Near-misses in skies above Suffolk are revealed

F-15 fighter jets have been involved in near-misses over Suffolk. Picture: GREGG BROWN

F-15 fighter jets have been involved in near-misses over Suffolk. Picture: GREGG BROWN - Credit: Gregg Brown

Official reports reveal near-misses that have taken place in the skies above Suffolk in the last two years – and they include incidents involving F15 fighters jets and an Apache attack helicopter.

An Apache helicopter at Wattisham Airbase in Suffolk. Picture: SARAH LUCY BROWN

An Apache helicopter at Wattisham Airbase in Suffolk. Picture: SARAH LUCY BROWN - Credit: Archant

The US Air Force jets based at RAF Lakenheath and Army attack helicopters at Wattisham Airfield have both been reported to the UK Airprox board, an organisation which reviews all near-misses over Britain’s skies.

The board report on any lessons which could be learned from the incidents before ranking the risk of collision.

They release monthly reports which have featured a number of incidents in Suffolk over the past two years.

The most high profile took place in April 2019 when two US fighter jets were involved in a high-speed near-miss with two free falling skydivers.

The F15 jets from RAF Lakenheath could reportedly be seen flying below the parachutists on their helmet cameras as they plunged at 120mph towards Chatteris airfield in Cambridgeshire.

At the time of the incident, Col. Will Marshall, 48th Fighter Wing commander, said: “UK airspace is incredibly complex and often congested, and the safety of our aircrew as well as those we share the skies with is our number one priority.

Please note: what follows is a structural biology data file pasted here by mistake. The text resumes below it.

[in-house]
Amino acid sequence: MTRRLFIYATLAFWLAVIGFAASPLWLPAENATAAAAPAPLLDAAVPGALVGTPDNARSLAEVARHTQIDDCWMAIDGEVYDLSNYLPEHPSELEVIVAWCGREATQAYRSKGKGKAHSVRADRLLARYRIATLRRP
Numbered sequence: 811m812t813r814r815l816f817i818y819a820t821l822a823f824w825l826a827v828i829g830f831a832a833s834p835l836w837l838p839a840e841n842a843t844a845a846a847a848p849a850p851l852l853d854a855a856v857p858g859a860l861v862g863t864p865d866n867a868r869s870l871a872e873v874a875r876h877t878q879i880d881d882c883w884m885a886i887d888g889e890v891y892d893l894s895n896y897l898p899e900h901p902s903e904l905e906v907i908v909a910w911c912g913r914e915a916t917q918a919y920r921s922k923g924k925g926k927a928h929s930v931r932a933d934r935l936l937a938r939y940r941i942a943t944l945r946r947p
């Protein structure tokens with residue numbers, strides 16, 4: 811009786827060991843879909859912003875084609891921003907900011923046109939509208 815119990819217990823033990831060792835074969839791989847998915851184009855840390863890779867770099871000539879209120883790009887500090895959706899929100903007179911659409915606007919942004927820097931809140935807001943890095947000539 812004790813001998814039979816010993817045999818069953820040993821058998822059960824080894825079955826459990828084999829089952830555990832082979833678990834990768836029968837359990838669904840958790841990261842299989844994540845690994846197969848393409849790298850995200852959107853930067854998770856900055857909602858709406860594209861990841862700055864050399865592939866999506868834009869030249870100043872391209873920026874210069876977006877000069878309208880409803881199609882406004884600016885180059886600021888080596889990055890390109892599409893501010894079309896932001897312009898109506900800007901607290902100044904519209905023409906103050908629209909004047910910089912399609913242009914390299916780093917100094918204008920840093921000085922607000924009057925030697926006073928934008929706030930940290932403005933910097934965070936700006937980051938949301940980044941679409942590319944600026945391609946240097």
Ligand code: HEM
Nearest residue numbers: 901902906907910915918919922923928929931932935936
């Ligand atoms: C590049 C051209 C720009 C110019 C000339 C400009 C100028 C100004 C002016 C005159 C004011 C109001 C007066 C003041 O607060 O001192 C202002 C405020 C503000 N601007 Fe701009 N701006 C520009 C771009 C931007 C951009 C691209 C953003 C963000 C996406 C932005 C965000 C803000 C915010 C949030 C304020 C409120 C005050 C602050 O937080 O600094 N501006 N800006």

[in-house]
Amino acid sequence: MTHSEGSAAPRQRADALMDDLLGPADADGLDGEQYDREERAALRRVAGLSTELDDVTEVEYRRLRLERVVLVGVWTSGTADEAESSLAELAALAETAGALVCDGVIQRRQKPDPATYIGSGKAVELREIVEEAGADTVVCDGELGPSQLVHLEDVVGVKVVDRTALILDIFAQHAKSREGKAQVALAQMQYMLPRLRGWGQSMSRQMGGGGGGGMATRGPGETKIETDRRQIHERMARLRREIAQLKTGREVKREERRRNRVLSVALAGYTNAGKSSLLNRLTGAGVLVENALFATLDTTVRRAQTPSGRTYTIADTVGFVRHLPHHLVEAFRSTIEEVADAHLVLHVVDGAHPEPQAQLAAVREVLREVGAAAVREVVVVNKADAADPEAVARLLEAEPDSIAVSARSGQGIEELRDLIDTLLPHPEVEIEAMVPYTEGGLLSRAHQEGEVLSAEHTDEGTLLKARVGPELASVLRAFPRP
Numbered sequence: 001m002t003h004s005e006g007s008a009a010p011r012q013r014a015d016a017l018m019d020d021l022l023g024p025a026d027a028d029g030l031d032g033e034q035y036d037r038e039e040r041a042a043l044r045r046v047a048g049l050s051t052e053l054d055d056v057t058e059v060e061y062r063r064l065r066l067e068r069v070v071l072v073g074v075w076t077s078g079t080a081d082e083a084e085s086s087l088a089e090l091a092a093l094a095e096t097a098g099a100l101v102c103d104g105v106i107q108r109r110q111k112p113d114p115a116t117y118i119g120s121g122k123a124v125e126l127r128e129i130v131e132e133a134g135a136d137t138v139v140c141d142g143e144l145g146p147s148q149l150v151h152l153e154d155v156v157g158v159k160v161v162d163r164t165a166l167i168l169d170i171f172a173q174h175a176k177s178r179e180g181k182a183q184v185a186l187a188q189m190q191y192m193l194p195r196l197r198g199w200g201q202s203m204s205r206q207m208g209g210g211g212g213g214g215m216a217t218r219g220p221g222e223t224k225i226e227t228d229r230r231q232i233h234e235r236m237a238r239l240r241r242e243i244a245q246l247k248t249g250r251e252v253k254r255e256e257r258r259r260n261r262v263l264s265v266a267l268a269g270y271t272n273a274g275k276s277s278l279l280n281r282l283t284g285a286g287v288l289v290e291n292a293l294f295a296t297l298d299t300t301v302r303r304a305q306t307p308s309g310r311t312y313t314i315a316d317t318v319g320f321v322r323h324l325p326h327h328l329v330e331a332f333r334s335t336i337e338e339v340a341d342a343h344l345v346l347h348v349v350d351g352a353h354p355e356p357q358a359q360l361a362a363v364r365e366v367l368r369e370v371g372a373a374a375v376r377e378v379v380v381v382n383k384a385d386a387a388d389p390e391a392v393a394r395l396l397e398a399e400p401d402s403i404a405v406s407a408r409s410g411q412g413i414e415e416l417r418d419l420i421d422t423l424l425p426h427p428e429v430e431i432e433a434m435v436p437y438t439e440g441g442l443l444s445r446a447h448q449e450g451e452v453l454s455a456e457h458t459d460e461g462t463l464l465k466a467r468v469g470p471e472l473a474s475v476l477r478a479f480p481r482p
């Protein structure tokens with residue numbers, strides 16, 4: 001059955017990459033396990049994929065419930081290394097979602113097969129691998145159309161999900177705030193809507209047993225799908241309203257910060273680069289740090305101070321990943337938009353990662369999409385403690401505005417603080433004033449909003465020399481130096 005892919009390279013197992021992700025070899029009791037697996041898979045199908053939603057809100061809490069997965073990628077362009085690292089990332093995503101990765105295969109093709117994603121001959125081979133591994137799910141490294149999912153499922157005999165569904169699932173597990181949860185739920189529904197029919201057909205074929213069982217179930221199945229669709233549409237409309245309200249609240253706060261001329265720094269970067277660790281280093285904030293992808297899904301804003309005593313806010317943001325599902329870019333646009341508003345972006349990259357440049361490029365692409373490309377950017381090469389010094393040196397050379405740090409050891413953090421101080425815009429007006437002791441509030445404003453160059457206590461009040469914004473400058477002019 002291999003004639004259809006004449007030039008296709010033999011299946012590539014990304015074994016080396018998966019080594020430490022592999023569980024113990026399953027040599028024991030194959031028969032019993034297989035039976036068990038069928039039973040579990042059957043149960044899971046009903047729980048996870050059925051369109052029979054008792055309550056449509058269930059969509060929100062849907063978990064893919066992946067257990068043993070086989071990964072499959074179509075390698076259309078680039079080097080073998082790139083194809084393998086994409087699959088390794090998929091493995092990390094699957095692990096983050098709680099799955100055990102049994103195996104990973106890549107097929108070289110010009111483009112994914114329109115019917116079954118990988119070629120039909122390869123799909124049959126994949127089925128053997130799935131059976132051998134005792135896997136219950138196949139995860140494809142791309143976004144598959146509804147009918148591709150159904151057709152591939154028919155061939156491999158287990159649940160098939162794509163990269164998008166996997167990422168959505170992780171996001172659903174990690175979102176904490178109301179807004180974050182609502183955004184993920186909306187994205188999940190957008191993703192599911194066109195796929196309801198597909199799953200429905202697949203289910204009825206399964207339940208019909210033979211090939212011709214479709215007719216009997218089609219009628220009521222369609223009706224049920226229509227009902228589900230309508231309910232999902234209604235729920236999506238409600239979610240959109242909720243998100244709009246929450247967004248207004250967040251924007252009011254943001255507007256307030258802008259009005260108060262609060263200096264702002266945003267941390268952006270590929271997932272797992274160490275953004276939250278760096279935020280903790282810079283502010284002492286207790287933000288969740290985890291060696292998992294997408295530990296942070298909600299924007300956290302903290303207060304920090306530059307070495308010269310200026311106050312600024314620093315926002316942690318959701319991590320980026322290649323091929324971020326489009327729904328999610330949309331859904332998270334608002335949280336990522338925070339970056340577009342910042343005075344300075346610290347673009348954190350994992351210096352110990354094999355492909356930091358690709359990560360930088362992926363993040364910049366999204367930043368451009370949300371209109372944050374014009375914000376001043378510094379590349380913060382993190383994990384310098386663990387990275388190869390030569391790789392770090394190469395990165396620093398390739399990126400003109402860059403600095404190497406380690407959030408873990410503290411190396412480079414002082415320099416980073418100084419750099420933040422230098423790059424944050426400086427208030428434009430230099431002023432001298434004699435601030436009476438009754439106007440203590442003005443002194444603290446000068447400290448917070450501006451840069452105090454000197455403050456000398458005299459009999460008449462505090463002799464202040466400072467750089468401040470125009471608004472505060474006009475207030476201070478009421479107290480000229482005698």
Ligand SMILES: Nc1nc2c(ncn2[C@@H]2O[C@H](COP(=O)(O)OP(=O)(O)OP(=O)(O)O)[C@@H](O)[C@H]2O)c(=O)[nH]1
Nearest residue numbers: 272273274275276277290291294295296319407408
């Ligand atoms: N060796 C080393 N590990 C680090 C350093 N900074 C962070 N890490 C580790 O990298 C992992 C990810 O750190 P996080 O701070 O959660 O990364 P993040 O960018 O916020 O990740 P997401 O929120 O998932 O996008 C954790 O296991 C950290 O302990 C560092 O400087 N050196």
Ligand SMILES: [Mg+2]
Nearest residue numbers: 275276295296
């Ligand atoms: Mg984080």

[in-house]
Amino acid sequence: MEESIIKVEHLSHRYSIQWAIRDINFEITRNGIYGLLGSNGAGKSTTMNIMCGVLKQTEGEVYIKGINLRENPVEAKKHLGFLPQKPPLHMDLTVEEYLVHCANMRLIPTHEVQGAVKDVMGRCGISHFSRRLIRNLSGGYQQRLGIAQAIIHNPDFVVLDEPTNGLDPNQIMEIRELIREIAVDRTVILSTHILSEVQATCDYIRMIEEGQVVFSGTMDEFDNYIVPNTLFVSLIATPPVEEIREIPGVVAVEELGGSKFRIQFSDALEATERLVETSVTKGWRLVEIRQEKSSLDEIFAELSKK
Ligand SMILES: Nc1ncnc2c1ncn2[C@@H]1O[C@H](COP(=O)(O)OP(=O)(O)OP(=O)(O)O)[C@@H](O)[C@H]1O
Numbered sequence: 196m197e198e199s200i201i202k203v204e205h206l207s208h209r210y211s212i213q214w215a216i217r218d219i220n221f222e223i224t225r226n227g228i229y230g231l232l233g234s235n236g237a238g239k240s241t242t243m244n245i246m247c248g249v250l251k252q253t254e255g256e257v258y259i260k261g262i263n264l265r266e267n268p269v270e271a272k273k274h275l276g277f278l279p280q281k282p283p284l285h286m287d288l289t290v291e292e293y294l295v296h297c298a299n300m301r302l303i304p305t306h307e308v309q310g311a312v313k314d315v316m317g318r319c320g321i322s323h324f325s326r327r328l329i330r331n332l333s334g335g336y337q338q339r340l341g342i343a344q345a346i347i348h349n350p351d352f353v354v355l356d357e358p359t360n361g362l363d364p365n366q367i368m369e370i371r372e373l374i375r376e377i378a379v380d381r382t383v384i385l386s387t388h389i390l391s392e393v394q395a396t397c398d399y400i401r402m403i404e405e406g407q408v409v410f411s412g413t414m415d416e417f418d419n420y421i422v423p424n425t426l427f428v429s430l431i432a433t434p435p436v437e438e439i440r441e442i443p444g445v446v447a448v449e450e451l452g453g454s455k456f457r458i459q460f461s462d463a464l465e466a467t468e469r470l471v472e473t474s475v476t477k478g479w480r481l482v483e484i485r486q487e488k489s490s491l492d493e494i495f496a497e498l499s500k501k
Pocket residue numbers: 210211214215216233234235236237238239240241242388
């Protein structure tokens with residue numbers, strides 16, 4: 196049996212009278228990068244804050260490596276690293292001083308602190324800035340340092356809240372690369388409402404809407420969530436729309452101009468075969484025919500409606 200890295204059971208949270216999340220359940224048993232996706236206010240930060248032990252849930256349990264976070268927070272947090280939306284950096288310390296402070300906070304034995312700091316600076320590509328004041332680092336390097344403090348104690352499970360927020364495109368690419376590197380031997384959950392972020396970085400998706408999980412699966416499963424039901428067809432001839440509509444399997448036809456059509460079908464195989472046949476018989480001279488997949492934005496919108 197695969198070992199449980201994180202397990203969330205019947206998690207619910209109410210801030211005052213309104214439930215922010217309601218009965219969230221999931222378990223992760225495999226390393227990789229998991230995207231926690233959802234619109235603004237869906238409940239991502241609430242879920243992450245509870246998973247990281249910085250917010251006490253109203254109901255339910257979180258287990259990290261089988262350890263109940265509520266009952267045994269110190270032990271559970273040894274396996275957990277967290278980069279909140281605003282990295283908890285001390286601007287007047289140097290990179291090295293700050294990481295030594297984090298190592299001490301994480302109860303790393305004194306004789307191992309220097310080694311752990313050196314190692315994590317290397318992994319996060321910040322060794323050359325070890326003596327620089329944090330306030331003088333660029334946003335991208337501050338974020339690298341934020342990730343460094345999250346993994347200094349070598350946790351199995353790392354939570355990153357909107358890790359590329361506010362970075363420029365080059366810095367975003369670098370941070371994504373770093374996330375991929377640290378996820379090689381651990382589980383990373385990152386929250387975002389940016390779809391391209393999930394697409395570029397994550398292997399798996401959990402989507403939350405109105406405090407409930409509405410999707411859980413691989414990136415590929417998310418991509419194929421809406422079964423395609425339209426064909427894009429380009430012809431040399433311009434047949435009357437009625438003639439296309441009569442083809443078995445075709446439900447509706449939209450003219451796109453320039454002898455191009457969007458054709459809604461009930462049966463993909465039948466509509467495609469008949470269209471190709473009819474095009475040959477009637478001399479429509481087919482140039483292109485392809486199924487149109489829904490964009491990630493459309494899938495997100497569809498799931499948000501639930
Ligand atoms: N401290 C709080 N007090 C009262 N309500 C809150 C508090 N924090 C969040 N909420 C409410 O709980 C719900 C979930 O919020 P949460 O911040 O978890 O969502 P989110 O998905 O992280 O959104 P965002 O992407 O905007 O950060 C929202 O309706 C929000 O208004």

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“We are using this incident to reinforce the vital importance of situational awareness and attention to detail for all of our air traffic controllers and aircrew.”

Concluding their report, Airprox classified the incident in the second-highest danger category.

F15 jets were also in a near-miss with a glider in August 2018. The jets were flying in formation on a visual recovery mission to RAF Lakenheath, when one pilot saw a glider below.

Risks of collision were deemed high by the pilots, who at one point flew only 100ft above the glider, which had made a sharp right turn.

Another near-miss, which this time happened over the skies of Norwich, took place during a training exercise on October 3, last year.

A UK Airprox Board report found that the incident was category B - the second highest rating - after hearing that the jets reportedly came within 800ft of each other.

The first F-15 was in formation with three other planes travelling south-west, heading from the coast over the north-west of Norwich.

At the same time, another F-15 was flying west in a pair to the north of Norwich, but at a lower altitude.

The pilot of the first fighter jet said the pair were flying “predictably” in their formation but as they approached, a jet begin to climb.

It then made an “aggressive manoeuvre” to avoid a collision.

The report said that due to both pilots having to “take action” and that the manoeuvres were “some what last minute”, safety had not been assured.

Army helicopters bases in Suffolk have also been involved in a near-miss.

An Apache helicopter came within 150ft of colliding with an air ambulance while taking off from Wattisham Airfield in May 2020.

The degree of risk of a collision was given as C by the UK Airprox board, the third highest grade, and no further recommendations were made.

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